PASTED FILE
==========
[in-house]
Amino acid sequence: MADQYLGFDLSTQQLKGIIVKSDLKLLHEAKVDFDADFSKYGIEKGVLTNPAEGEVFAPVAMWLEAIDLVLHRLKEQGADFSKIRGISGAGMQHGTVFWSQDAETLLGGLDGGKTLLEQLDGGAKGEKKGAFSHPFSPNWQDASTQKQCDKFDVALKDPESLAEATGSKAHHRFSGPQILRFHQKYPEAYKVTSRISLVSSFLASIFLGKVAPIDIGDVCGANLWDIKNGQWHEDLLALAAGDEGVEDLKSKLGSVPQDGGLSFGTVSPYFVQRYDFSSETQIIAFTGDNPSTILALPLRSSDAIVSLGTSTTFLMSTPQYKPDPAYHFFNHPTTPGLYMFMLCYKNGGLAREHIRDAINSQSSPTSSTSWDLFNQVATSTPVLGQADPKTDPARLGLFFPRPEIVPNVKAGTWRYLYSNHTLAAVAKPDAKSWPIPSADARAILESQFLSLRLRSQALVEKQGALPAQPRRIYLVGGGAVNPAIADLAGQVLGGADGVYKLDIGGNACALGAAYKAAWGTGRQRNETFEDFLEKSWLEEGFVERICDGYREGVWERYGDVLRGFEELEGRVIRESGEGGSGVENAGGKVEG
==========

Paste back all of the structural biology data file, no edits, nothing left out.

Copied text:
[in-house]
Amino acid sequence: MADQYLGFDLSTQQLKGIIVKSDLKLLHEAKVDFDADFSKYGIEKGVLTNPAEGEVFAPVAMWLEAIDLVLHRLKEQGADFSKIRGISGAGMQHGTVFWSQDAETLLGGLDGGKTLLEQLDGGAKGEKKGAFSHPFSPNWQDASTQKQCDKFDVALKDPESLAEATGSKAHHRFSGPQILRFHQKYPEAYKVTSRISLVSSFLASIFLGKVAPIDIGDVCGANLWDIKNGQWHEDLLALAAGDEGVEDLKSKLGSVPQDGGLSFGTVSPYFVQRYDFSSETQIIAFTGDNPSTILALPLRSSDAIVSLGTSTTFLMSTPQYKPDPAYHFFNHPTTPGLYMFMLCYKNGGLAREHIRDAINSQSSPTSSTSWDLFNQVATSTPVLGQADPKTDPARLGLFFPRPEIVPNVKAGTWRYLYSNHTLAAVAKPDAKSWPIPSADARAILESQFLSLRLRSQALVEKQGALPAQPRRIYLVGGGAVNPAIADLAGQVLGGADGVYKLDIGGNACALGAAYKAAWGTGRQRNETFEDFLEKSWLEEGFVERICDGYREGVWERYGDVLRGFEELEGRVIRESGEGGSGVENAGGKVEG